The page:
Ainu men and Ainu woman, 18th century painting by Kodama Sadayoshi (source)
The Ainu of northern Japan have long been a puzzle. With their bushy beards, profuse body hair, large sunken eyes, and robust facial features, they look more European than East Asian. Yet genetic studies have shown no particular link to Europeans, at least no more than for East Asians in general:
Omoto (1972, 1972) computed genetic distances among various populations of the world, and by constructing a phylogenetic tree he concluded that the Ainu population may have originated in East Asia, in spite of their unique morphological characters somewhat resembling West Eurasians. (Jinam et al., 2012)
This conclusion has been confirmed by a new study using close to a million single nucleotide polymorphisms. Genetically, the Ainu are closest to the Ryukyans, the inhabitants of Japan’s southernmost islands, and then to the Japanese themselves (Jinam et al., 2012).
So is the physical similarity to Europeans just a matter of chance? Convergent evolution? No, it may be that the Ainu have just not changed as much physically as other East Asians. They may thus preserve more of the original appearance that ancestral Eurasians once had before the last ice age split them into East and West Eurasians some 20,000 years ago (Rogers, 1986). This may also be why Kennewick Man (an ancient skeleton found in Kennewick, Washington and dated to 8410 BP) looks more like a European than a present-day Amerindian. Kennewick Man might have been closer to that proto-Eurasian population.
This point is sometimes hard to grasp. Real evolutionary change—the kind that shapes physical appearance—involves only a tiny fraction of the genome. The rest of the genome will change little in a new environment with a new set of selection pressures, either because it has little or no adaptive value (i.e., junk DNA) or because it has the same adaptive value in a wide range of environments.
So the evolutionary changes that made other East Asians look different from the Ainu involve relatively few genes. At other genes, the two groups are genetically indistinguishable. We likewise see genetic overlap between many sibling species that are nonetheless anatomically distinct. The same disconnect exists between genetic and anatomical data when we look at dog breeds … or human populations.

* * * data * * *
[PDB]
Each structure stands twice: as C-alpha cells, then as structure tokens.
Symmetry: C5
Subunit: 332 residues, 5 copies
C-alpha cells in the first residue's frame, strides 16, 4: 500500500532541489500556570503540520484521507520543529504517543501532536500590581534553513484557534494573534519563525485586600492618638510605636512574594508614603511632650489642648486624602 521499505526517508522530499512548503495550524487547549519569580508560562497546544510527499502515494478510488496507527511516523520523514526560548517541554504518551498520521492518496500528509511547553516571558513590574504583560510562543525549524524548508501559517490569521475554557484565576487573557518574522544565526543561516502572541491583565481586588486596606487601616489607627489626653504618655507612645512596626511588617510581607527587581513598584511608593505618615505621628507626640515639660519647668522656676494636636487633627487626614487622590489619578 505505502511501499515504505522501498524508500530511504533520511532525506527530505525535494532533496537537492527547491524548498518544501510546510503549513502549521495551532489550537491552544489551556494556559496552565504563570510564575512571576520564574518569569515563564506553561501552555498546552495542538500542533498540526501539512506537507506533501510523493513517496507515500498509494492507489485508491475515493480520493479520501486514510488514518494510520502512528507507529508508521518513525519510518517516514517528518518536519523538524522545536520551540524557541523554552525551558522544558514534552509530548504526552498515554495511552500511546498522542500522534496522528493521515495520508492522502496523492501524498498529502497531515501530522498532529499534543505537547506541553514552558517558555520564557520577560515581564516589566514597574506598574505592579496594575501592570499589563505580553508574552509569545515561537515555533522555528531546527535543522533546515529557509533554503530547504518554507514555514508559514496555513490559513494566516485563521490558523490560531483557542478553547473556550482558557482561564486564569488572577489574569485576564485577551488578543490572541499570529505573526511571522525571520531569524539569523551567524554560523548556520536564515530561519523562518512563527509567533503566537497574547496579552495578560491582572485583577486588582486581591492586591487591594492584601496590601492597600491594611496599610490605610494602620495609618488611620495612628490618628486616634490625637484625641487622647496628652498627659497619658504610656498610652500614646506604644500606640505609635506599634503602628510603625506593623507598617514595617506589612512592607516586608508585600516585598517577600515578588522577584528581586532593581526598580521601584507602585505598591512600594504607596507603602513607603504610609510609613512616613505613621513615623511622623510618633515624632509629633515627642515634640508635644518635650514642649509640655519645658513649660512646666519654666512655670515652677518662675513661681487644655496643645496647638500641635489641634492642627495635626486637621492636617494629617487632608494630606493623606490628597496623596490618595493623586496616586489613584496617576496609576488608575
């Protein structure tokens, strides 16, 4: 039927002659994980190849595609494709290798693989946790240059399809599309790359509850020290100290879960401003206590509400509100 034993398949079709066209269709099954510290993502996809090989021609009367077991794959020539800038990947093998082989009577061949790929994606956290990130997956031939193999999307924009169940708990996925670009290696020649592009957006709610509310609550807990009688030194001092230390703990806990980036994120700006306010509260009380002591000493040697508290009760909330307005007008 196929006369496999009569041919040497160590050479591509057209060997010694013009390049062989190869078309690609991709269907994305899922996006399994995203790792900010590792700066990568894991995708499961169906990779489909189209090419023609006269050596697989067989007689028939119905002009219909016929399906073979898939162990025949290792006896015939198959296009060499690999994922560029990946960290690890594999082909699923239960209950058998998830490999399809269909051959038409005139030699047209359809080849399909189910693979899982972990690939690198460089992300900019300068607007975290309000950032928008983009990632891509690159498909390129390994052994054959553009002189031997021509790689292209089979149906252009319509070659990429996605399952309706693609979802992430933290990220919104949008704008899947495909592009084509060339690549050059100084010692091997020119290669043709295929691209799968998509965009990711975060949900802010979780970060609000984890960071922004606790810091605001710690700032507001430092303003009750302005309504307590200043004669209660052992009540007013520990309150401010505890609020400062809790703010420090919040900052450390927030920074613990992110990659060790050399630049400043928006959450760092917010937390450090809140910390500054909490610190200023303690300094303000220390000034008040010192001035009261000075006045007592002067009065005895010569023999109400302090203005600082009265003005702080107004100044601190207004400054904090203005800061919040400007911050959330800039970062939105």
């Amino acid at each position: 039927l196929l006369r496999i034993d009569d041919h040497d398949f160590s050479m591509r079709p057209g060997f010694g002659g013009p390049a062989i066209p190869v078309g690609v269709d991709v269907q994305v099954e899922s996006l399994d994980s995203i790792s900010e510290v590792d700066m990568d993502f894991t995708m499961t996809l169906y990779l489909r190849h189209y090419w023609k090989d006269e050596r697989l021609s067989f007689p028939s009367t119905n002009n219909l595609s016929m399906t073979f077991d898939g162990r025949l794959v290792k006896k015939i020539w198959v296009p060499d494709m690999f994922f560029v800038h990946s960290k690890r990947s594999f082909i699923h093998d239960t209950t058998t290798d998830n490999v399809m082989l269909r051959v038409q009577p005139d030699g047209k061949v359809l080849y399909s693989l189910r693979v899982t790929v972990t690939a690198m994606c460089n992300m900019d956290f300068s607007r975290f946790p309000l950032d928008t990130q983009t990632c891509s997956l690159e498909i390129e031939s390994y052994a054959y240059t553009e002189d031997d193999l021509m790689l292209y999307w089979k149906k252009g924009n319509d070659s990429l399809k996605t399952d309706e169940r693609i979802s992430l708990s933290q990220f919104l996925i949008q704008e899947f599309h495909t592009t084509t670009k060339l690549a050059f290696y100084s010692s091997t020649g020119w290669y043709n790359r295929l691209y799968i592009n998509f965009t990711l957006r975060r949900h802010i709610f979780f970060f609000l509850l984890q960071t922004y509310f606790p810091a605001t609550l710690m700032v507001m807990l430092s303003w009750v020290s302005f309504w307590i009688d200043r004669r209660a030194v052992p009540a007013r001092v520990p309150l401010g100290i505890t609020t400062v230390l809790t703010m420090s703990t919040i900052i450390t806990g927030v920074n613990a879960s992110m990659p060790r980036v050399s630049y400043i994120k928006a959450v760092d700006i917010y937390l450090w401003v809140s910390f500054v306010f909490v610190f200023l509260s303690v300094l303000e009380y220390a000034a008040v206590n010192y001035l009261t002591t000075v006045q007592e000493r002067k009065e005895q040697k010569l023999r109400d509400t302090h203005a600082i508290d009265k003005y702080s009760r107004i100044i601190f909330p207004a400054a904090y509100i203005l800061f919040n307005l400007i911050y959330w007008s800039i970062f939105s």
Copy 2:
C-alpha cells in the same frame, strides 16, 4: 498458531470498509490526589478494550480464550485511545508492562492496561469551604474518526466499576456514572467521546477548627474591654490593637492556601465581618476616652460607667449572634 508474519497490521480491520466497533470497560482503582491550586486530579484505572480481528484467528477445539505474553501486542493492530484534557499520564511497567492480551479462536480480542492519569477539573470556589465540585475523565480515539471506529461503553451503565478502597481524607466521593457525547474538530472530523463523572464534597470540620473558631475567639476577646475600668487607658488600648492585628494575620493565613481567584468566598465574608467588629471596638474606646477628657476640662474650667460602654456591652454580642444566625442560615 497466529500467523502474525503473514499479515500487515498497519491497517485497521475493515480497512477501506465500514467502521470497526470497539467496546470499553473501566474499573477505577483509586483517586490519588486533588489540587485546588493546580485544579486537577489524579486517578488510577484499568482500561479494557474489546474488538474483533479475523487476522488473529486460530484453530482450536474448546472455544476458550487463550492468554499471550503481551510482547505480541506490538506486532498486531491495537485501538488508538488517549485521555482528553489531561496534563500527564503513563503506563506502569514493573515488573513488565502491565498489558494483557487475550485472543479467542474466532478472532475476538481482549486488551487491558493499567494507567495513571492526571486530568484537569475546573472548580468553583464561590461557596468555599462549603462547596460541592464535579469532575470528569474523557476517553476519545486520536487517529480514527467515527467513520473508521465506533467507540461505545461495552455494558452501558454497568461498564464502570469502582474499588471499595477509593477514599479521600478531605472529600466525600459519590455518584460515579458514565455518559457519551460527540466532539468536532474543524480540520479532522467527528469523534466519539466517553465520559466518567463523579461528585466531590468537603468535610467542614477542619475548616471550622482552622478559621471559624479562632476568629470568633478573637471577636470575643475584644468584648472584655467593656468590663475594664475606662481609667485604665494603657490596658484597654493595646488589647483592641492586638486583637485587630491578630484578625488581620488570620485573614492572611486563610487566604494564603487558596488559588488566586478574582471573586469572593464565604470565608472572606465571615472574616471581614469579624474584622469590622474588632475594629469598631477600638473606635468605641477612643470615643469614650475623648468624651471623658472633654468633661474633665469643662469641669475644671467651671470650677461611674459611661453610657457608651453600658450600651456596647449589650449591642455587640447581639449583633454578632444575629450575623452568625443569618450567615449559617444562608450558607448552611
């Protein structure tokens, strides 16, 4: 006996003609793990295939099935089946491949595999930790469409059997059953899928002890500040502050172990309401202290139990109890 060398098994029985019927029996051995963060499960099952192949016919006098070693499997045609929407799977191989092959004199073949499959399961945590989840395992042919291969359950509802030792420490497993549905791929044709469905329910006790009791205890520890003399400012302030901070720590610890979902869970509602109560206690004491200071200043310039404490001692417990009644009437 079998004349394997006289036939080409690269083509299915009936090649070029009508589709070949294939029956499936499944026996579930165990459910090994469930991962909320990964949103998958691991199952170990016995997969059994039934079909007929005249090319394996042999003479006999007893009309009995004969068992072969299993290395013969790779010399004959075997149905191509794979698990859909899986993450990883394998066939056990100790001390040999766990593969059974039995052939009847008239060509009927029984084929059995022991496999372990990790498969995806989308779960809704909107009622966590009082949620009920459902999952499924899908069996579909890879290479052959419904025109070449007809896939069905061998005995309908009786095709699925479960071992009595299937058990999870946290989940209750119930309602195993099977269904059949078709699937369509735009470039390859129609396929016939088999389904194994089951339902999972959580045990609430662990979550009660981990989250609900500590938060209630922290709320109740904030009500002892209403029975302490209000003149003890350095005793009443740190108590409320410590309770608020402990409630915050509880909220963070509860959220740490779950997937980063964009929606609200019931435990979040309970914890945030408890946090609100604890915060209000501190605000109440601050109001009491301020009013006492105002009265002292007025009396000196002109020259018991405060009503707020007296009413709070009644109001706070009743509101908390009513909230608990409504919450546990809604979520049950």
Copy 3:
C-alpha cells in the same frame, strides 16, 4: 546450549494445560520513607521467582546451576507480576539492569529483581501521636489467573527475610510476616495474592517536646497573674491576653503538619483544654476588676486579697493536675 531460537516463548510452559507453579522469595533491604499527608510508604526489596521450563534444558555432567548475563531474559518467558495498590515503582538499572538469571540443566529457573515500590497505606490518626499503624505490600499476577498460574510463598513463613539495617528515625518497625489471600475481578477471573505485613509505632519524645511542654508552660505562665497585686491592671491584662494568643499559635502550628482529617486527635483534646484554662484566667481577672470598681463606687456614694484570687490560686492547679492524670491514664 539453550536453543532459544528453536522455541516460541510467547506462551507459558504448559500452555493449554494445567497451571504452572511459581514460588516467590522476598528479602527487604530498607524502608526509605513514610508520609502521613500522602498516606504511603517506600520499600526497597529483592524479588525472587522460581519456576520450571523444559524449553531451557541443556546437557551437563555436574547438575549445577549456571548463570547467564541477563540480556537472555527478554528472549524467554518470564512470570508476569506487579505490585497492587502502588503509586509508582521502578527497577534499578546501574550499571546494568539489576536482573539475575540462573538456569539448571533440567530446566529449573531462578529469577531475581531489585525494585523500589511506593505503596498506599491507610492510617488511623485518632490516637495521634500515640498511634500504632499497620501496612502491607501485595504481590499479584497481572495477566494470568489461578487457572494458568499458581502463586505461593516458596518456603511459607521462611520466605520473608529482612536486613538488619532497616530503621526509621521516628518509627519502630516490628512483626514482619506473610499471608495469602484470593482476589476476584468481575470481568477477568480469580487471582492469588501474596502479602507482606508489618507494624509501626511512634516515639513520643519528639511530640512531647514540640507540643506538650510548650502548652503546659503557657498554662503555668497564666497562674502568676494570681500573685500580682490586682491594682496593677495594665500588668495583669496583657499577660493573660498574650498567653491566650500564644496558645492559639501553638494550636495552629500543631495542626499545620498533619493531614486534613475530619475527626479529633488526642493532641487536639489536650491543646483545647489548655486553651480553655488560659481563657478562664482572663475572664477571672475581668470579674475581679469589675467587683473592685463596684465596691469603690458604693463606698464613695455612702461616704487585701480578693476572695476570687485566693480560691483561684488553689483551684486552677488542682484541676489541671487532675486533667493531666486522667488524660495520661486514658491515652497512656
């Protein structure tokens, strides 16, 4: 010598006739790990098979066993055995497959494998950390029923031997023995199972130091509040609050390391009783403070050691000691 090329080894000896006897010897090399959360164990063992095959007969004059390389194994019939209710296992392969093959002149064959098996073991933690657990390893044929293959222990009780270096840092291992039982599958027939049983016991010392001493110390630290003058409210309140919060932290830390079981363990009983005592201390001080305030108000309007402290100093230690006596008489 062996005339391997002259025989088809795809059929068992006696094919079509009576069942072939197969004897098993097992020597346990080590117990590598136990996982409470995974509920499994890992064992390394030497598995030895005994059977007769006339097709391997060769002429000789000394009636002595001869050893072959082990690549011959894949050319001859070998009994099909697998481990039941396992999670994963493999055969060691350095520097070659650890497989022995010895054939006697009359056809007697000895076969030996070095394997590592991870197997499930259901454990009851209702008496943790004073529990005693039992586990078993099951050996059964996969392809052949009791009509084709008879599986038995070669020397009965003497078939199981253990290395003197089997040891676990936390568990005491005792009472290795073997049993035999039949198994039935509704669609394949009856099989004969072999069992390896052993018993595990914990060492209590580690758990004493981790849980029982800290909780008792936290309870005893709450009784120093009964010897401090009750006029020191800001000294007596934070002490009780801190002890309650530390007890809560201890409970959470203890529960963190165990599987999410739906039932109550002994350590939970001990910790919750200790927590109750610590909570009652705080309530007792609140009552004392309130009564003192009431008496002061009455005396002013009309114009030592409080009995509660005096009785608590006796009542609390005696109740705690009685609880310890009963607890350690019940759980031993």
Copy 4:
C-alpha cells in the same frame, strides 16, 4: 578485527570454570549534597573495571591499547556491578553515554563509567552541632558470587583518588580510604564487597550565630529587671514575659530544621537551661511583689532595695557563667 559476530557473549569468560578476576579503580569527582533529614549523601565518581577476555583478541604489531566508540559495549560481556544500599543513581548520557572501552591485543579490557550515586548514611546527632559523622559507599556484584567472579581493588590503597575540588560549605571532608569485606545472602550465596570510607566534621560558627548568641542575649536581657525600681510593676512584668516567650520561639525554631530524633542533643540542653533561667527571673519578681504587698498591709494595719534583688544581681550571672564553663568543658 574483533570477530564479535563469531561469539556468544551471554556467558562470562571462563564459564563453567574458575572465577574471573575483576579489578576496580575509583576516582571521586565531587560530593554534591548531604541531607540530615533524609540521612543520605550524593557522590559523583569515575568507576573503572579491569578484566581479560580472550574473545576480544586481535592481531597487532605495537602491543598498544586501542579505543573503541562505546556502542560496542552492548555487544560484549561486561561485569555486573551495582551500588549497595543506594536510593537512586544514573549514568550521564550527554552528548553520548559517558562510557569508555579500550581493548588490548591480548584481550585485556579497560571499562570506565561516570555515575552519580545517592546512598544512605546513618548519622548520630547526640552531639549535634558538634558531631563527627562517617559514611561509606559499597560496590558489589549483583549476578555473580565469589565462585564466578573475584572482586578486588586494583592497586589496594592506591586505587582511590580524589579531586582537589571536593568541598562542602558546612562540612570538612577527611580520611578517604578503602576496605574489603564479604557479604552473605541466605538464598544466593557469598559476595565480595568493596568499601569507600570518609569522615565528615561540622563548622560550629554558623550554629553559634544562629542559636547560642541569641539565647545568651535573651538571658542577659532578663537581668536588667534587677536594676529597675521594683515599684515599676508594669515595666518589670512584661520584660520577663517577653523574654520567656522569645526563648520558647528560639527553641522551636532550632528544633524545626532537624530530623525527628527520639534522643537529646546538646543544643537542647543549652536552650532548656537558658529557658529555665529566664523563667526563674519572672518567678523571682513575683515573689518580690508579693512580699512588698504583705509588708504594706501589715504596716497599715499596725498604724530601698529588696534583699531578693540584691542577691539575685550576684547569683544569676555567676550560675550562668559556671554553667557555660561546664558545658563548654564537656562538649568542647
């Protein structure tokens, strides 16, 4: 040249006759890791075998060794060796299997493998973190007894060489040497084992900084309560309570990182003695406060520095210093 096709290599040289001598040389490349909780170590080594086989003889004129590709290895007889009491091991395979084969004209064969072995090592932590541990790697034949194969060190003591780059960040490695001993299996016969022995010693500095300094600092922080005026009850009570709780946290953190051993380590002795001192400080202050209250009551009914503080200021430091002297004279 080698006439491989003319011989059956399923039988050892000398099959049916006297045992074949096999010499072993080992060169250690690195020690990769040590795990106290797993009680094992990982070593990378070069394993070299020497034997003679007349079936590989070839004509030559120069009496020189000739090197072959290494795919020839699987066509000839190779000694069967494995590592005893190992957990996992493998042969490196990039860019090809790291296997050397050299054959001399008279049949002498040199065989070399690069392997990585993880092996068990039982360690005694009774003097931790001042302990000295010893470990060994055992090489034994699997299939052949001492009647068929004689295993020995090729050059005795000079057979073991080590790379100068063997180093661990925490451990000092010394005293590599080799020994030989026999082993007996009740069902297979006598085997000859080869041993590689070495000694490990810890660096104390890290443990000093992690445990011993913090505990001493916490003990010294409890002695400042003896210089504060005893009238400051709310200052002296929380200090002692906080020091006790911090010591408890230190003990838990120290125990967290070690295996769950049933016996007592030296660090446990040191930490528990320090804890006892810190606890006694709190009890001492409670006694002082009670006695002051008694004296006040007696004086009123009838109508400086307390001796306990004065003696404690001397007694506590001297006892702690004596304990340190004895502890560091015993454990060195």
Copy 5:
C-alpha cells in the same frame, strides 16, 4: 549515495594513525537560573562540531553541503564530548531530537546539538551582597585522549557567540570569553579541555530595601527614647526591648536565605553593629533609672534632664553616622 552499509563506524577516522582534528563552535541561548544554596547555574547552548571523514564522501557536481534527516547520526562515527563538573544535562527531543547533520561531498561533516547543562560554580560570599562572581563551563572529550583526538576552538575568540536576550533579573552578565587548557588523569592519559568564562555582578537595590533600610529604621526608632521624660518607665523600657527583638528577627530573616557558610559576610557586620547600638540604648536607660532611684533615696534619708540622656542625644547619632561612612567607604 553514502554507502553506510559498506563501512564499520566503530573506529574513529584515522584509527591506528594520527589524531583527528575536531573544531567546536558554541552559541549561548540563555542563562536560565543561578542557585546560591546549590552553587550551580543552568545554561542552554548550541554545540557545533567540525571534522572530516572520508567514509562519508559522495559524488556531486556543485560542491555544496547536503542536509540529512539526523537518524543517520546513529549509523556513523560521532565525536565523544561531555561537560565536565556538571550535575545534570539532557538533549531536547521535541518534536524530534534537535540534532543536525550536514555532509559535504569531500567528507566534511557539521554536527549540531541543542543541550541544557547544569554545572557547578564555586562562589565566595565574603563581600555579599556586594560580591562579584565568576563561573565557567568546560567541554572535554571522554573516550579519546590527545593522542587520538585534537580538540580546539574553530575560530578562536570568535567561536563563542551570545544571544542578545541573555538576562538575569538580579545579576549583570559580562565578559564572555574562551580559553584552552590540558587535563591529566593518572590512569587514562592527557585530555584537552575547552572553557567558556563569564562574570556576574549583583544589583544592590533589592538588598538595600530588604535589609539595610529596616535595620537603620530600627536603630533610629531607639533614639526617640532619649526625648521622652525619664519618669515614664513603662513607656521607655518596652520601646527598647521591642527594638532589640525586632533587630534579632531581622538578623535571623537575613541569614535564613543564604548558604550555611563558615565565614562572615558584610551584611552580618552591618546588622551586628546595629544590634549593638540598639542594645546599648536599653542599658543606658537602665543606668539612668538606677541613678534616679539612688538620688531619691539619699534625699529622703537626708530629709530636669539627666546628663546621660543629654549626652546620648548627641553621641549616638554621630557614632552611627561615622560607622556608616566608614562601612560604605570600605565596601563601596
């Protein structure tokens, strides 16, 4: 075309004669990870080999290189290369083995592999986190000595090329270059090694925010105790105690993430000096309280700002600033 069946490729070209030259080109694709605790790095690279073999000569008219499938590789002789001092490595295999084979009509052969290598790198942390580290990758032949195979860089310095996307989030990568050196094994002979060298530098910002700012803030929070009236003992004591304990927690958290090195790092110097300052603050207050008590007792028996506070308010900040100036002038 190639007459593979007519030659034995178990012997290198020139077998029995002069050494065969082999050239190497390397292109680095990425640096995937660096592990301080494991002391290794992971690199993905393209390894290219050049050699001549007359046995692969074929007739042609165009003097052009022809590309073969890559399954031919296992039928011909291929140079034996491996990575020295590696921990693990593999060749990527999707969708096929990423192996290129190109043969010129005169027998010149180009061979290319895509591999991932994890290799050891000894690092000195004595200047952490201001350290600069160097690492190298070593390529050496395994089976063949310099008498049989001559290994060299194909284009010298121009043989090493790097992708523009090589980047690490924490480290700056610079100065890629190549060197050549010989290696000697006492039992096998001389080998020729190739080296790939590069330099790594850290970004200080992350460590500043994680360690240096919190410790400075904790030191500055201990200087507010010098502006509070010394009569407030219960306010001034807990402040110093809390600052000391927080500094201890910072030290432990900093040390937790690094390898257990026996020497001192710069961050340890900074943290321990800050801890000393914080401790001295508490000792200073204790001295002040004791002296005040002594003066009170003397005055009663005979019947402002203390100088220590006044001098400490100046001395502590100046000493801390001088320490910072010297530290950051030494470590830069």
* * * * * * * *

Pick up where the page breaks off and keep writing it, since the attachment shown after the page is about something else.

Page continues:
But why have the Ainu been so evolutionarily conservative? Why has time stood still for them? They probably didn’t undergo the severe selection pressures that shaped the appearance of other East Asians, notably selection for Arctic adaptations like the epicanthic eye-fold. Keep in mind that the Japanese archipelago enjoyed a relatively mild climate during the last ice age. As a “refugium” it did not impose the harsh selection pressures that mainland Asia imposed on its human populations.
Jinam, T., N. Nishida, M. Hirai, S. Kawamura, H. Oota, K. Umetsu, R. Kimura, J. Ohashi, A. Tajima, T. Yamamoto, H. Tanabe, S. Mano, Y. Suto, T. Kaname, K. Naritomi, K. Yanagi, N. Niikawa, K. Omoto, K. Tokunaga, & N. Saitou. (2012). The history of human populations in the Japanese Archipelago inferred from genome-wide SNP data with a special reference to the Ainu and the Ryukyuan populations, Journal of Human Genetics advance online publication 8 November 2012; doi: 10.1038/jhg.2012.114
Omoto, K. (1972). Polymorphisms and genetic affinities of the Ainu of Hokkaido. Hum. Biol. Oceania, 1, 278–288.
Omoto, K. (1973). The Ainu: a racial isolate? Israel J. Med. Sci., 9, 1195–1215.
Rogers, R.A. (1986). Language, human subspeciation, and Ice Age barriers in Northern Siberia. Canadian Journal of Anthropology, 5, 11‑22.